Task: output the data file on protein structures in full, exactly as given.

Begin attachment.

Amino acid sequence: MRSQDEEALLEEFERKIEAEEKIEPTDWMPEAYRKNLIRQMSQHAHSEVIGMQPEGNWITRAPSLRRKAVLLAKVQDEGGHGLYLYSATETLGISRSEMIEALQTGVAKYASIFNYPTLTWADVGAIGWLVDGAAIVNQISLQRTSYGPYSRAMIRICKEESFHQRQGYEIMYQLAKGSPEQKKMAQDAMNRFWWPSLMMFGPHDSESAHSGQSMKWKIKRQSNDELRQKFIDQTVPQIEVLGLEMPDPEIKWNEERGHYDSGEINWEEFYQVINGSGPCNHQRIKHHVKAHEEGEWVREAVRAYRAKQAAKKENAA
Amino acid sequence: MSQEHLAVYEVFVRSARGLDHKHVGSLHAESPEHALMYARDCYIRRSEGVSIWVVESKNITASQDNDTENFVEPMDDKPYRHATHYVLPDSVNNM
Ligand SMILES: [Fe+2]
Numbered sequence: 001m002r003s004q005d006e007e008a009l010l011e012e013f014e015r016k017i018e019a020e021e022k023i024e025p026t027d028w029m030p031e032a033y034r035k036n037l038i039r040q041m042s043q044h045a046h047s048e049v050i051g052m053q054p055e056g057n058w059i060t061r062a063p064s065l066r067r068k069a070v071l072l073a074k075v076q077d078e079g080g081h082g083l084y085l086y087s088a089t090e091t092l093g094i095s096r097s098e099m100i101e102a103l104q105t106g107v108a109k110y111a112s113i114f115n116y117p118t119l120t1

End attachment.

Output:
Amino acid sequence: MRSQDEEALLEEFERKIEAEEKIEPTDWMPEAYRKNLIRQMSQHAHSEVIGMQPEGNWITRAPSLRRKAVLLAKVQDEGGHGLYLYSATETLGISRSEMIEALQTGVAKYASIFNYPTLTWADVGAIGWLVDGAAIVNQISLQRTSYGPYSRAMIRICKEESFHQRQGYEIMYQLAKGSPEQKKMAQDAMNRFWWPSLMMFGPHDSESAHSGQSMKWKIKRQSNDELRQKFIDQTVPQIEVLGLEMPDPEIKWNEERGHYDSGEINWEEFYQVINGSGPCNHQRIKHHVKAHEEGEWVREAVRAYRAKQAAKKENAA
Amino acid sequence: MSQEHLAVYEVFVRSARGLDHKHVGSLHAESPEHALMYARDCYIRRSEGVSIWVVESKNITASQDNDTENFVEPMDDKPYRHATHYVLPDSVNNM
Ligand SMILES: [Fe+2]
Numbered sequence: 001m002r003s004q005d006e007e008a009l010l011e012e013f014e015r016k017i018e019a020e021e022k023i024e025p026t027d028w029m030p031e032a033y034r035k036n037l038i039r040q041m042s043q044h045a046h047s048e049v050i051g052m053q054p055e056g057n058w059i060t061r062a063p064s065l066r067r068k069a070v071l072l073a074k075v076q077d078e079g080g081h082g083l084y085l086y087s088a089t090e091t092l093g094i095s096r097s098e099m100i101e102a103l104q105t106g107v108a109k110y111a112s113i114f115n116y117p118t119l120t1